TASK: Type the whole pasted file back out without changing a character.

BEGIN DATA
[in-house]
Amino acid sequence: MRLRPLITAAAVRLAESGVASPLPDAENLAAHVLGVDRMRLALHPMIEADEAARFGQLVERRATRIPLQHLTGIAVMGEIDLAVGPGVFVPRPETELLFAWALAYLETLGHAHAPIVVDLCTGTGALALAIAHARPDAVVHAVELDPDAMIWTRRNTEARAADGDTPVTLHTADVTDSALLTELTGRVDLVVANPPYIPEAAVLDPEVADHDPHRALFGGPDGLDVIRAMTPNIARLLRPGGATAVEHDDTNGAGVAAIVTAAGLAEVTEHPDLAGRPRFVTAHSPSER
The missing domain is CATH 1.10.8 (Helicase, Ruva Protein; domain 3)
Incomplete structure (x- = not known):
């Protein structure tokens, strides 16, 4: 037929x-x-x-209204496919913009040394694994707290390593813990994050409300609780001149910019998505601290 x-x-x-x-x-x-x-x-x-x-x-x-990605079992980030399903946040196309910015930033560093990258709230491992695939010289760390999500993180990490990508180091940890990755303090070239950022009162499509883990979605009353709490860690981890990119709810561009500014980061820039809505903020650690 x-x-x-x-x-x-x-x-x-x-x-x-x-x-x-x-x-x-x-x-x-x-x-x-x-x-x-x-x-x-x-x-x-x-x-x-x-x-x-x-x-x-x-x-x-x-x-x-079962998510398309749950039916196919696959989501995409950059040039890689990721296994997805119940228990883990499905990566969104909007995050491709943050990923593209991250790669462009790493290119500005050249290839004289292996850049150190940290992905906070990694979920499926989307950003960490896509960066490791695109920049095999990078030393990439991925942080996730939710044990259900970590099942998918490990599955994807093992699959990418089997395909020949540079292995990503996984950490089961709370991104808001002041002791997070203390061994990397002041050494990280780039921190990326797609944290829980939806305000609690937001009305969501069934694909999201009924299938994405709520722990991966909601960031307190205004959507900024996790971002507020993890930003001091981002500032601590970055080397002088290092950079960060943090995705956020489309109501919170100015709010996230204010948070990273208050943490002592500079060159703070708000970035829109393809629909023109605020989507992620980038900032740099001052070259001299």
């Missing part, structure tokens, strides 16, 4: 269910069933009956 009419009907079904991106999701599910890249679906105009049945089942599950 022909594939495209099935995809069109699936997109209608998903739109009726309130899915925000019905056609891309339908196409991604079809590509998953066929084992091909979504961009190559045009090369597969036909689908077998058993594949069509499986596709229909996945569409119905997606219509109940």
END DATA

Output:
[in-house]
Amino acid sequence: MRLRPLITAAAVRLAESGVASPLPDAENLAAHVLGVDRMRLALHPMIEADEAARFGQLVERRATRIPLQHLTGIAVMGEIDLAVGPGVFVPRPETELLFAWALAYLETLGHAHAPIVVDLCTGTGALALAIAHARPDAVVHAVELDPDAMIWTRRNTEARAADGDTPVTLHTADVTDSALLTELTGRVDLVVANPPYIPEAAVLDPEVADHDPHRALFGGPDGLDVIRAMTPNIARLLRPGGATAVEHDDTNGAGVAAIVTAAGLAEVTEHPDLAGRPRFVTAHSPSER
The missing domain is CATH 1.10.8 (Helicase, Ruva Protein; domain 3)
Incomplete structure (x- = not known):
């Protein structure tokens, strides 16, 4: 037929x-x-x-209204496919913009040394694994707290390593813990994050409300609780001149910019998505601290 x-x-x-x-x-x-x-x-x-x-x-x-990605079992980030399903946040196309910015930033560093990258709230491992695939010289760390999500993180990490990508180091940890990755303090070239950022009162499509883990979605009353709490860690981890990119709810561009500014980061820039809505903020650690 x-x-x-x-x-x-x-x-x-x-x-x-x-x-x-x-x-x-x-x-x-x-x-x-x-x-x-x-x-x-x-x-x-x-x-x-x-x-x-x-x-x-x-x-x-x-x-x-079962998510398309749950039916196919696959989501995409950059040039890689990721296994997805119940228990883990499905990566969104909007995050491709943050990923593209991250790669462009790493290119500005050249290839004289292996850049150190940290992905906070990694979920499926989307950003960490896509960066490791695109920049095999990078030393990439991925942080996730939710044990259900970590099942998918490990599955994807093992699959990418089997395909020949540079292995990503996984950490089961709370991104808001002041002791997070203390061994990397002041050494990280780039921190990326797609944290829980939806305000609690937001009305969501069934694909999201009924299938994405709520722990991966909601960031307190205004959507900024996790971002507020993890930003001091981002500032601590970055080397002088290092950079960060943090995705956020489309109501919170100015709010996230204010948070990273208050943490002592500079060159703070708000970035829109393809629909023109605020989507992620980038900032740099001052070259001299």
């Missing part, structure tokens, strides 16, 4: 269910069933009956 009419009907079904991106999701599910890249679906105009049945089942599950 022909594939495209099935995809069109699936997109209608998903739109009726309130899915925000019905056609891309339908196409991604079809590509998953066929084992091909979504961009190559045009090369597969036909689908077998058993594949069509499986596709229909996945569409119905997606219509109940």